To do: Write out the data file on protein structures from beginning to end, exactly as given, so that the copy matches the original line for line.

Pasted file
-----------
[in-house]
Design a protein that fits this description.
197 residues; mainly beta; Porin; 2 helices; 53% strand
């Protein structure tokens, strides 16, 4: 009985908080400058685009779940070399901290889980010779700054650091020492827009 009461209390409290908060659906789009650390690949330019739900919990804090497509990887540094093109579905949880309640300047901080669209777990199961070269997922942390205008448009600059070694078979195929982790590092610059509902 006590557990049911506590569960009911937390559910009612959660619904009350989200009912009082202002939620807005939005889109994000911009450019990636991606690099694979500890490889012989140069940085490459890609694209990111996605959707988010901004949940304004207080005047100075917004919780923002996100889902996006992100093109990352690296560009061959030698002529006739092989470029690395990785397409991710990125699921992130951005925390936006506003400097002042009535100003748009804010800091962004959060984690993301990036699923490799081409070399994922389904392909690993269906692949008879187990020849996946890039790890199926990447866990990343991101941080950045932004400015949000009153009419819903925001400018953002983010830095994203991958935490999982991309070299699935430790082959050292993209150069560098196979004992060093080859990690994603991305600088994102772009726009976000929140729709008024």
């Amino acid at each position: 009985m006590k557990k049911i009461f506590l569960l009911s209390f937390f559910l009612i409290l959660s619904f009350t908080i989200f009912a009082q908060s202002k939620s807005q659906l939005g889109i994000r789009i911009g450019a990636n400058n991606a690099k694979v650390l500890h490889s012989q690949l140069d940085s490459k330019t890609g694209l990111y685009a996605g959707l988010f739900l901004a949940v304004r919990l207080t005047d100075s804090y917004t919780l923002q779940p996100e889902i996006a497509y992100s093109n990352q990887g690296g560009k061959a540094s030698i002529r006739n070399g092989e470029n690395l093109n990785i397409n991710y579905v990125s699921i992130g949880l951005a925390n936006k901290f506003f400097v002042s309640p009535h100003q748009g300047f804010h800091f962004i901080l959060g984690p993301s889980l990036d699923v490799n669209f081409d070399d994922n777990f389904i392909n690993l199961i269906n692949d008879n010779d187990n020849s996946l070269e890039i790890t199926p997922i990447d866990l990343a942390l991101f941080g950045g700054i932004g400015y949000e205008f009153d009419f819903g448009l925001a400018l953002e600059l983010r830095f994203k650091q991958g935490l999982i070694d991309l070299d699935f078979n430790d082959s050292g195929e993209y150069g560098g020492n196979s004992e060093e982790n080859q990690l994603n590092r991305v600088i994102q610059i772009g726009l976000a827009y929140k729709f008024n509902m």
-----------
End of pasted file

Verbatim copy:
[in-house]
Design a protein that fits this description.
197 residues; mainly beta; Porin; 2 helices; 53% strand
């Protein structure tokens, strides 16, 4: 009985908080400058685009779940070399901290889980010779700054650091020492827009 009461209390409290908060659906789009650390690949330019739900919990804090497509990887540094093109579905949880309640300047901080669209777990199961070269997922942390205008448009600059070694078979195929982790590092610059509902 006590557990049911506590569960009911937390559910009612959660619904009350989200009912009082202002939620807005939005889109994000911009450019990636991606690099694979500890490889012989140069940085490459890609694209990111996605959707988010901004949940304004207080005047100075917004919780923002996100889902996006992100093109990352690296560009061959030698002529006739092989470029690395990785397409991710990125699921992130951005925390936006506003400097002042009535100003748009804010800091962004959060984690993301990036699923490799081409070399994922389904392909690993269906692949008879187990020849996946890039790890199926990447866990990343991101941080950045932004400015949000009153009419819903925001400018953002983010830095994203991958935490999982991309070299699935430790082959050292993209150069560098196979004992060093080859990690994603991305600088994102772009726009976000929140729709008024």
């Amino acid at each position: 009985m006590k557990k049911i009461f506590l569960l009911s209390f937390f559910l009612i409290l959660s619904f009350t908080i989200f009912a009082q908060s202002k939620s807005q659906l939005g889109i994000r789009i911009g450019a990636n400058n991606a690099k694979v650390l500890h490889s012989q690949l140069d940085s490459k330019t890609g694209l990111y685009a996605g959707l988010f739900l901004a949940v304004r919990l207080t005047d100075s804090y917004t919780l923002q779940p996100e889902i996006a497509y992100s093109n990352q990887g690296g560009k061959a540094s030698i002529r006739n070399g092989e470029n690395l093109n990785i397409n991710y579905v990125s699921i992130g949880l951005a925390n936006k901290f506003f400097v002042s309640p009535h100003q748009g300047f804010h800091f962004i901080l959060g984690p993301s889980l990036d699923v490799n669209f081409d070399d994922n777990f389904i392909n690993l199961i269906n692949d008879n010779d187990n020849s996946l070269e890039i790890t199926p997922i990447d866990l990343a942390l991101f941080g950045g700054i932004g400015y949000e205008f009153d009419f819903g448009l925001a400018l953002e600059l983010r830095f994203k650091q991958g935490l999982i070694d991309l070299d699935f078979n430790d082959s050292g195929e993209y150069g560098g020492n196979s004992e060093e982790n080859q990690l994603n590092r991305v600088i994102q610059i772009g726009l976000a827009y929140k729709f008024n509902m």